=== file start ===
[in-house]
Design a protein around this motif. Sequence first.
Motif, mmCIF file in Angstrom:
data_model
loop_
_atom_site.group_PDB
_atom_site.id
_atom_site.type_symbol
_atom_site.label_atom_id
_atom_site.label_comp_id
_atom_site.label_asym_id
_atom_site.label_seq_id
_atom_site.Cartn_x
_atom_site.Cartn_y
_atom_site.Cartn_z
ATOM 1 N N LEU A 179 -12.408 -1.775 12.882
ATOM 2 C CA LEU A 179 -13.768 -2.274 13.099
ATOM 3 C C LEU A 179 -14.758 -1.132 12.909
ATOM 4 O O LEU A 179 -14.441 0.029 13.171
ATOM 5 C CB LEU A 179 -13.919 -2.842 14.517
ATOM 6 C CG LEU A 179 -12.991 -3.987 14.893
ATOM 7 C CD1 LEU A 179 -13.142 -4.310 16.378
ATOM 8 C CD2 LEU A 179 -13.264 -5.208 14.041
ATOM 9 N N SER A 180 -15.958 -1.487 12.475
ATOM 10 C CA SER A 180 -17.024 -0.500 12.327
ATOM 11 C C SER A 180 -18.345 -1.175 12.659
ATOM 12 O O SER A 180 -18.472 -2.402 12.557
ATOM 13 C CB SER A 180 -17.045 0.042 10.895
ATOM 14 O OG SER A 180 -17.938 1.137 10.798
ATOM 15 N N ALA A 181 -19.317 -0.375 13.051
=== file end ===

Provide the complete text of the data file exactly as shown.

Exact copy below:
[in-house]
Design a protein around this motif. Sequence first.
Motif, mmCIF file in Angstrom:
data_model
loop_
_atom_site.group_PDB
_atom_site.id
_atom_site.type_symbol
_atom_site.label_atom_id
_atom_site.label_comp_id
_atom_site.label_asym_id
_atom_site.label_seq_id
_atom_site.Cartn_x
_atom_site.Cartn_y
_atom_site.Cartn_z
ATOM 1 N N LEU A 179 -12.408 -1.775 12.882
ATOM 2 C CA LEU A 179 -13.768 -2.274 13.099
ATOM 3 C C LEU A 179 -14.758 -1.132 12.909
ATOM 4 O O LEU A 179 -14.441 0.029 13.171
ATOM 5 C CB LEU A 179 -13.919 -2.842 14.517
ATOM 6 C CG LEU A 179 -12.991 -3.987 14.893
ATOM 7 C CD1 LEU A 179 -13.142 -4.310 16.378
ATOM 8 C CD2 LEU A 179 -13.264 -5.208 14.041
ATOM 9 N N SER A 180 -15.958 -1.487 12.475
ATOM 10 C CA SER A 180 -17.024 -0.500 12.327
ATOM 11 C C SER A 180 -18.345 -1.175 12.659
ATOM 12 O O SER A 180 -18.472 -2.402 12.557
ATOM 13 C CB SER A 180 -17.045 0.042 10.895
ATOM 14 O OG SER A 180 -17.938 1.137 10.798
ATOM 15 N N ALA A 181 -19.317 -0.375 13.051